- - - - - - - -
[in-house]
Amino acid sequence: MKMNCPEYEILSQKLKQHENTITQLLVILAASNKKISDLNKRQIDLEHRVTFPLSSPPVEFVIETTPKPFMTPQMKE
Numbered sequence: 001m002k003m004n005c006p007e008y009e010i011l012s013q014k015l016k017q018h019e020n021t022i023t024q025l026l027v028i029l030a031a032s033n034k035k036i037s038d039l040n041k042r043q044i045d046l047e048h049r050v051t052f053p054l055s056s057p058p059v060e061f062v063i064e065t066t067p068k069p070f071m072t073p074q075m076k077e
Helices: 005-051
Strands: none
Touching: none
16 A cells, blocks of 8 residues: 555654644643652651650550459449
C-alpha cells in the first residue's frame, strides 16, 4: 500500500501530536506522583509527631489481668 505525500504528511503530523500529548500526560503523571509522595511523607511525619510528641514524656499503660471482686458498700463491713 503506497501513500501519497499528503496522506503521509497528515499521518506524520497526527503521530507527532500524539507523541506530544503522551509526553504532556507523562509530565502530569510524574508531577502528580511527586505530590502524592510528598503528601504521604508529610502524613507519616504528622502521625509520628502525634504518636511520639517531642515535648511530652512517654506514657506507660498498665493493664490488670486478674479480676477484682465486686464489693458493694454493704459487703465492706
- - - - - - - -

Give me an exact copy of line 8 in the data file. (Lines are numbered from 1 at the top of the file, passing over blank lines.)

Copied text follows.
C-alpha cells in the first residue's frame, strides 16, 4: 500500500501530536506522583509527631489481668 505525500504528511503530523500529548500526560503523571509522595511523607511525619510528641514524656499503660471482686458498700463491713 503506497501513500501519497499528503496522506503521509497528515499521518506524520497526527503521530507527532500524539507523541506530544503522551509526553504532556507523562509530565502530569510524574508531577502528580511527586505530590502524592510528598503528601504521604508529610502524613507519616504528622502521625509520628502525634504518636511520639517531642515535648511530652512517654506514657506507660498498665493493664490488670486478674479480676477484682465486686464489693458493694454493704459487703465492706